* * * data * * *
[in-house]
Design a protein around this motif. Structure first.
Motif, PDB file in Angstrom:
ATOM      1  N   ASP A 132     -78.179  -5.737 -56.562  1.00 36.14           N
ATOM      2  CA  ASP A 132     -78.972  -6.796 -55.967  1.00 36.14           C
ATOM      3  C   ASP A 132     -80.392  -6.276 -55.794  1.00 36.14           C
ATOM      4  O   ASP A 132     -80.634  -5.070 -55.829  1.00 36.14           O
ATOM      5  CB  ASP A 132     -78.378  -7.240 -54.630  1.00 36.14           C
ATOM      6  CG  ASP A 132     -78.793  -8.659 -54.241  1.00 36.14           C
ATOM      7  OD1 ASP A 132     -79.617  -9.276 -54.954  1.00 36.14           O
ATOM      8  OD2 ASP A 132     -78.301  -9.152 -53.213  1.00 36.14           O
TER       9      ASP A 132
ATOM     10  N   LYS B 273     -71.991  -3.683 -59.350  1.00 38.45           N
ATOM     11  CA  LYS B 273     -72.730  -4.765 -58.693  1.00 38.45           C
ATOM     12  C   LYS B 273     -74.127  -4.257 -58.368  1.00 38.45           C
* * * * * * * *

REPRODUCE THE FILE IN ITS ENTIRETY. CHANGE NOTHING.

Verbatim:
[in-house]
Design a protein around this motif. Structure first.
Motif, PDB file in Angstrom:
ATOM      1  N   ASP A 132     -78.179  -5.737 -56.562  1.00 36.14           N
ATOM      2  CA  ASP A 132     -78.972  -6.796 -55.967  1.00 36.14           C
ATOM      3  C   ASP A 132     -80.392  -6.276 -55.794  1.00 36.14           C
ATOM      4  O   ASP A 132     -80.634  -5.070 -55.829  1.00 36.14           O
ATOM      5  CB  ASP A 132     -78.378  -7.240 -54.630  1.00 36.14           C
ATOM      6  CG  ASP A 132     -78.793  -8.659 -54.241  1.00 36.14           C
ATOM      7  OD1 ASP A 132     -79.617  -9.276 -54.954  1.00 36.14           O
ATOM      8  OD2 ASP A 132     -78.301  -9.152 -53.213  1.00 36.14           O
TER       9      ASP A 132
ATOM     10  N   LYS B 273     -71.991  -3.683 -59.350  1.00 38.45           N
ATOM     11  CA  LYS B 273     -72.730  -4.765 -58.693  1.00 38.45           C
ATOM     12  C   LYS B 273     -74.127  -4.257 -58.368  1.00 38.45           C